Three years after Congress approved a reform to allow the election of the president and board members of Corporación de Radio y Televisión Española (RTVE), the public broadcaster is yet to have its management troubles resolved.

After numerous obstructions, the process to elect new management at RTVE recently restarted in a bid to better ensure its independence. But the process comes at a time of significant pressures for the broadcaster as it negotiates a growing funding crisis and political disagreements.

‘Institutional paralysis’

The 2017 reform had been seen as a way to improve RTVE’s management structure and image by insulating the broadcaster against government influence. For RTVE, this reform ultimately meant it was on the path towards values that better aligned with those of a public broadcaster, such as transparency, plurality, and independence.

Read more: Changes afoot for RTVE

However, the reform process stalled due to political disagreements. While parties were initially given three months to submit their proposals for a final structure of the public tender of RTVE’s board, this deadline passed.

While progress was made with the shortlisting of 19 candidates in 2018, endorsed by a committee of experts, the process was subsequently blocked. These candidates have since jointly called for the reinstating of RTVE’s independence, with a public contest being seen as the only democratic solution. The process was unblocked in November 2020 but an apparent step back has been taken: in December, it was announced that the nearly 100 candidates who had applied to be members of the RTVE board would be interviewed again in January 2021.

Read more: Clamor against Parliament for the “shameful stagnation” of the public tender of RTVE

More than half of the candidates have already been interviewed, with some maintaining that issues such as transparency, independence, and the fulfilment of public service missions must be defended. The stalled process has drawn much concern, with the Council of Europe noting the years-long absence of RTVE’s board via an alert issued in September. Meanwhile, the progress in electing a new board has brought it with the selection of a new president. Since July 2018, Rosa María Mateo has been the broadcaster’s sole provisional administrator, until the election of a new board.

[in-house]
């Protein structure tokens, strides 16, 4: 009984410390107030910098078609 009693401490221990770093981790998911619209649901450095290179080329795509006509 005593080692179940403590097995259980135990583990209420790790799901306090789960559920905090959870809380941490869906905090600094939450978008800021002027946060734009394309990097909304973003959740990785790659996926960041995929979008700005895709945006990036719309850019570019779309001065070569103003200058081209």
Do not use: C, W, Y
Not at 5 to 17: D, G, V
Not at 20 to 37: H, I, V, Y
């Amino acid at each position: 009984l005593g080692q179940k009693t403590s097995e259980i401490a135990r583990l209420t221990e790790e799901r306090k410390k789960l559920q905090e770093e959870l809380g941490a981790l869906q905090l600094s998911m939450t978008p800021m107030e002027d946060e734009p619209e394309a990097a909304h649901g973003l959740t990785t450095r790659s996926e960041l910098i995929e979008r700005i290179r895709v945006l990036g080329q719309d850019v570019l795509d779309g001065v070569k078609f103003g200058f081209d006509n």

Once RTVE has resolved its management issues, it can better focus on its other challenges, such as declining funding which is threatening its future. In recent months, Mateo has called for more stable funding and has emphasised the importance of this for RTVE’s independence. She has also noted RTVE’s inability to respond to today’s society “with a budget that shrinks year after year”.

RTVE was expected to close its 2020 financial year with a deficit of approximately €50 million. Her calls for stable funding have been echoed by some of the candidates being interviewed for RTVE’s board. Mateo believes this deficit is due to a lack of financing rather than poor management. But potential board candidates have presented their own proposals for financing the corporation, in response to questions raised on the sustainability of RTVE. Proposals include a mixed financing model as well as a multi-year model. Furthermore, in 2010, TVE stopped airing advertisements and candidates have disagreed on the return of advertising to the corporation as a means of finance. Some candidates have also proposed only outsourcing productions when essential or necessary.

Read more: Spain’s public broadcaster looks for a future-proof model

The broadcaster’s staff have recognised the link between RTVE’s funding challenges and its management model. As a result, with the resumption of the process to elect RTVE’s board, the broadcaster’s workers have made various proposals and have called for an efficient management model. The workers have also indicated their priority is “the enhancement of public service over private and commercial interests”.

The Public Media Alliance (PMA) will continue to follow and update on developments at RTVE.

Header Image: RTVE building in Madrid. Credit: Pedro Cambra/Creative Commons